Avila 2018 vs. 2019

Season 2018 2019 Career
Season 2018 2019 Career
O-Swing% 14.6% 15.9% 19.7%
Z-Swing% 59.0% 53.7% 65.3%
Swing% 35.2% 32.1% 39.9%
O-Contact% 46.2% 58.6% 47.4%
Z-Contact% 72.4% 79.5% 80.2%
Contact% 66.6% 73.5% 71.2%
Zone% 46.3% 42.8% 44.4%
SwStr% 11.7% 8.3% 11.4%
K% 38.5% 26.9% 28.8%
BB% 15.8% 23.1% 14.4%
1st Sw% 23.0% 17.7% 27.5%

Oddly, he’s swinging slightly more out of the strike zone, and less inside it. But the real change is in putting lumber on the ball, regardless of location. His in the zone contact % is now virtually back to his career average, while his out of zone contact is well above that. As a result, he has cut his swinging strike-rate by 30% from last season, a big factor in his K-rate being down by about the same percentage. He is also being more patient, only swinging at the first pitch about one time in six (rather than almost one in four last year), just enough to keep pitchers honest. Fun fact: since being traded to the Cubs at the trade deadline in 2017, Avila has seen 37 counts of 3-0. He swung once.

However, there are some reasons for concern, even beyond the health issues which have troubled him this season. He has become a much more ground-ball oriented hitter, with 23 of those against 8 fly-balls, which is not what we want to see, in this launch-angle oriented game we now play. And five of the latter left the park, a 62.5% rate which, it’s probably safe to say, is not sustainable. However, we are still in the realm of small sample-sizes, and it’s hard to say much - especially if the various ailments affected his approach, as is potentially the case.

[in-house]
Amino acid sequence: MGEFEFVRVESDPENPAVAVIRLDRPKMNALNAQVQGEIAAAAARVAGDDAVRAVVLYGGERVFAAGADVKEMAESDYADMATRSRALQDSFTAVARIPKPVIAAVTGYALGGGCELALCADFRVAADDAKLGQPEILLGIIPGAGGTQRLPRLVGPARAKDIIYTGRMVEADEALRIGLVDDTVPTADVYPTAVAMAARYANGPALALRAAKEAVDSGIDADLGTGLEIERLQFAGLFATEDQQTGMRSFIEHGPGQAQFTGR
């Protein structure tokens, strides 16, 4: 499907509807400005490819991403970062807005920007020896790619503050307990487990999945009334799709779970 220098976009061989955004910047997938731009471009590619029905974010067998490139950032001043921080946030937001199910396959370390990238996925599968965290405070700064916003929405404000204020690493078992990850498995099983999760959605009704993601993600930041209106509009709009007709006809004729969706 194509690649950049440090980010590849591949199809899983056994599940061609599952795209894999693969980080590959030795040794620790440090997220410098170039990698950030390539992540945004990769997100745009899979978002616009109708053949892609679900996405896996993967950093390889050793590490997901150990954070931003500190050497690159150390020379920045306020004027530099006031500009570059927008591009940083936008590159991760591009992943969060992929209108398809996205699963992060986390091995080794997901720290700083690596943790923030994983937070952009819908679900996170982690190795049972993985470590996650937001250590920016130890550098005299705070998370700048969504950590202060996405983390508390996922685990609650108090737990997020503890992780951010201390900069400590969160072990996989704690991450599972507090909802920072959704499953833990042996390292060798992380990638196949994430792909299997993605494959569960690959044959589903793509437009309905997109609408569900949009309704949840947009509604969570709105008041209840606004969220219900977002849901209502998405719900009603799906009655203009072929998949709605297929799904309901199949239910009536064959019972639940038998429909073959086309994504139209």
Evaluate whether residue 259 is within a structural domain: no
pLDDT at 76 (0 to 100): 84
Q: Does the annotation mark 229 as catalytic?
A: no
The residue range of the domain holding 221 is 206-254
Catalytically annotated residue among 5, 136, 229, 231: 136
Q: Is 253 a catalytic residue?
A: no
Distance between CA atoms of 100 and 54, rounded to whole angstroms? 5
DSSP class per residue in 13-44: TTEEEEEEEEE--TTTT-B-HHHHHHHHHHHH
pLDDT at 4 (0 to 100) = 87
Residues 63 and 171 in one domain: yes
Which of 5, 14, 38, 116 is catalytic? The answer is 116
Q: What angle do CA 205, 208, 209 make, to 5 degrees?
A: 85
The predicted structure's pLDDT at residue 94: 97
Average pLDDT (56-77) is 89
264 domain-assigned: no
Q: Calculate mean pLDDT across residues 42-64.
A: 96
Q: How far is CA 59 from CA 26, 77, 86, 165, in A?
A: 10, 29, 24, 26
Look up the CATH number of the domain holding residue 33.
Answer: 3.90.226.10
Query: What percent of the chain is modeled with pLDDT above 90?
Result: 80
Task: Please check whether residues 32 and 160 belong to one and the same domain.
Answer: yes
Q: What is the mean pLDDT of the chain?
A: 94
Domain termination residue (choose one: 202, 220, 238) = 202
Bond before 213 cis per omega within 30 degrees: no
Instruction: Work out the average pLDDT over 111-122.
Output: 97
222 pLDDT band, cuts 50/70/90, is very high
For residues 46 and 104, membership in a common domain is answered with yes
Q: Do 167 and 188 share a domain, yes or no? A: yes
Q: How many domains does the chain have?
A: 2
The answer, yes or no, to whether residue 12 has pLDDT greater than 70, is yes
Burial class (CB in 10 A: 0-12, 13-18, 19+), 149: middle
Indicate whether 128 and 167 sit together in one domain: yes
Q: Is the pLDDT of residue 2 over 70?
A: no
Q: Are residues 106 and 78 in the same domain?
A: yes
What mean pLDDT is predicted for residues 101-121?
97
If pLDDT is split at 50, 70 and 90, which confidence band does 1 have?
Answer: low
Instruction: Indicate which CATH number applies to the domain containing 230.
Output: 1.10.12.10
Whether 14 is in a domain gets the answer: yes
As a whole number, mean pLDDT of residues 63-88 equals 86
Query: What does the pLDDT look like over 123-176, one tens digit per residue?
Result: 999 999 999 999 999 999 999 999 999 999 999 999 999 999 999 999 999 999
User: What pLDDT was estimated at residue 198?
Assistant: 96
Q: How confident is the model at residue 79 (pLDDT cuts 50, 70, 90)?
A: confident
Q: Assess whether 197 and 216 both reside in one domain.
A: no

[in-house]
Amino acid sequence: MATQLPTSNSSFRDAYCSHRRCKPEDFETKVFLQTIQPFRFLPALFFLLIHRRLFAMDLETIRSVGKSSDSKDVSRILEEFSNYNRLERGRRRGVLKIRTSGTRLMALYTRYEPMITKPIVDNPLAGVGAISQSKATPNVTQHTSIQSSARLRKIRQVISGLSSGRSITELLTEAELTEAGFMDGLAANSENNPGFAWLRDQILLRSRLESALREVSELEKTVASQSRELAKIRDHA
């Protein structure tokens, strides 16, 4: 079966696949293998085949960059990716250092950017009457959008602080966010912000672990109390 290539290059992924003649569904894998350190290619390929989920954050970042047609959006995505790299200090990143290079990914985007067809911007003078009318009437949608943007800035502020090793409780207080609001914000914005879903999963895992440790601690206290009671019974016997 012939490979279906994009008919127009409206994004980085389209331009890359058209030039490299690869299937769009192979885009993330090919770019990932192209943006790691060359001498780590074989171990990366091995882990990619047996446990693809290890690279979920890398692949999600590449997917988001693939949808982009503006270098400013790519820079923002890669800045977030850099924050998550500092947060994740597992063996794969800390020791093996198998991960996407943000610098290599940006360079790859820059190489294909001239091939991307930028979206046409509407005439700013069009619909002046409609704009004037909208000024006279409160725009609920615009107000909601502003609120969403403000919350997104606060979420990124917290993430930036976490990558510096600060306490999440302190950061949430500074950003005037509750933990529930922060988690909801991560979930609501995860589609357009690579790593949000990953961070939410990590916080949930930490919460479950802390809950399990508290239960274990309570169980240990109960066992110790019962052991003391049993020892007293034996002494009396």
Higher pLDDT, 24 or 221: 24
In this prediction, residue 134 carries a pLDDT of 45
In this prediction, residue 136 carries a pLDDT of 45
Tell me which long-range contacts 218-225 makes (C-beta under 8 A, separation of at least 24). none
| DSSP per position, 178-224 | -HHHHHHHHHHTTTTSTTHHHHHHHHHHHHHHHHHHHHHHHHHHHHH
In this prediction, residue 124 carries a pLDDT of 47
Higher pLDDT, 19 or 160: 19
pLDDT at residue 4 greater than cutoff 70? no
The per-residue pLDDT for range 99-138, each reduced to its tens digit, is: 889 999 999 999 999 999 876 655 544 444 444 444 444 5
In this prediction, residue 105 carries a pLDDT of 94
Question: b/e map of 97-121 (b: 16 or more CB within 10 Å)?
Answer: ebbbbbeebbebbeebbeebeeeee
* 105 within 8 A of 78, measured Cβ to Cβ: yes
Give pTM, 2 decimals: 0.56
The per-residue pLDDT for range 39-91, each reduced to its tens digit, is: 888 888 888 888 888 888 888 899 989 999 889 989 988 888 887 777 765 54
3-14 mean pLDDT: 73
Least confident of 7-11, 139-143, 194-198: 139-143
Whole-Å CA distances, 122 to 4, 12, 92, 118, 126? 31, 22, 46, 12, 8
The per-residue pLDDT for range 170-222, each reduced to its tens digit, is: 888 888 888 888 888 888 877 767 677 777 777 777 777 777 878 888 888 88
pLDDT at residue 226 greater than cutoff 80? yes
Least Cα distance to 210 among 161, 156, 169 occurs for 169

But perhaps more than anything, I’m just impressed by the mental fortitude Avila showed. In May last season, he said, “To be honest with you, I don’t worry about struggling. It doesn’t get me upset. As long as the work is there, the effort is there, everything is there, typically you have the confidence that things will turn around and you’ll start getting the results you expect. That’s really it.” And you know what? Avila was right. And all those who called for him to be DFA’d - or “never play again. Ever” - were wrong. Hopefully, he can come back strong and continue to act as a reminder to us all, about the perils of rushing to judgment based on a small sample size.